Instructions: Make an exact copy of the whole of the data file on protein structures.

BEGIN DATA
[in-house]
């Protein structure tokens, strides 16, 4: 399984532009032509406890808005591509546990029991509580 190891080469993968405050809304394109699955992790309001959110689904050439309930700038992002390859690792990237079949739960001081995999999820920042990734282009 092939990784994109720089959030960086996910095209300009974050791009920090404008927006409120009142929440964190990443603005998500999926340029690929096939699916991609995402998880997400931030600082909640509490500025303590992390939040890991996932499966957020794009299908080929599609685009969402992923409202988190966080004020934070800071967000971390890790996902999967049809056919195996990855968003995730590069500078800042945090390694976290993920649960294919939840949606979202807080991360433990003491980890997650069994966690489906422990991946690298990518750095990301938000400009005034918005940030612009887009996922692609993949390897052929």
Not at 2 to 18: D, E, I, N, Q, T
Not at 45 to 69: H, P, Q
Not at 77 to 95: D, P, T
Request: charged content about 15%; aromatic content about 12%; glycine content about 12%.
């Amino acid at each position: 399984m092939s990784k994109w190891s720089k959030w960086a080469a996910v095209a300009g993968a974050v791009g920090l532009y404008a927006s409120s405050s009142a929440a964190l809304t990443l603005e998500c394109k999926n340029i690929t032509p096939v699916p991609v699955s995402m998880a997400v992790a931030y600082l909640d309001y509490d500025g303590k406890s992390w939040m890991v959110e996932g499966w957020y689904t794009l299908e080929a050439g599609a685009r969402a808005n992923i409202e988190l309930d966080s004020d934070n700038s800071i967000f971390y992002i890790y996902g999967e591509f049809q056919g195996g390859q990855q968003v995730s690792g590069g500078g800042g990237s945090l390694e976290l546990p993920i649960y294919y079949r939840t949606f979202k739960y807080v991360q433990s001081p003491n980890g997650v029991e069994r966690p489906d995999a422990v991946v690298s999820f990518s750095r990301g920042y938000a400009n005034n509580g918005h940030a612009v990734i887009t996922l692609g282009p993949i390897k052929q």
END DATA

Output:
[in-house]
């Protein structure tokens, strides 16, 4: 399984532009032509406890808005591509546990029991509580 190891080469993968405050809304394109699955992790309001959110689904050439309930700038992002390859690792990237079949739960001081995999999820920042990734282009 092939990784994109720089959030960086996910095209300009974050791009920090404008927006409120009142929440964190990443603005998500999926340029690929096939699916991609995402998880997400931030600082909640509490500025303590992390939040890991996932499966957020794009299908080929599609685009969402992923409202988190966080004020934070800071967000971390890790996902999967049809056919195996990855968003995730590069500078800042945090390694976290993920649960294919939840949606979202807080991360433990003491980890997650069994966690489906422990991946690298990518750095990301938000400009005034918005940030612009887009996922692609993949390897052929």
Not at 2 to 18: D, E, I, N, Q, T
Not at 45 to 69: H, P, Q
Not at 77 to 95: D, P, T
Request: charged content about 15%; aromatic content about 12%; glycine content about 12%.
């Amino acid at each position: 399984m092939s990784k994109w190891s720089k959030w960086a080469a996910v095209a300009g993968a974050v791009g920090l532009y404008a927006s409120s405050s009142a929440a964190l809304t990443l603005e998500c394109k999926n340029i690929t032509p096939v699916p991609v699955s995402m998880a997400v992790a931030y600082l909640d309001y509490d500025g303590k406890s992390w939040m890991v959110e996932g499966w957020y689904t794009l299908e080929a050439g599609a685009r969402a808005n992923i409202e988190l309930d966080s004020d934070n700038s800071i967000f971390y992002i890790y996902g999967e591509f049809q056919g195996g390859q990855q968003v995730s690792g590069g500078g800042g990237s945090l390694e976290l546990p993920i649960y294919y079949r939840t949606f979202k739960y807080v991360q433990s001081p003491n980890g997650v029991e069994r966690p489906d995999a422990v991946v690298s999820f990518s750095r990301g920042y938000a400009n005034n509580g918005h940030a612009v990734i887009t996922l692609g282009p993949i390897k052929q």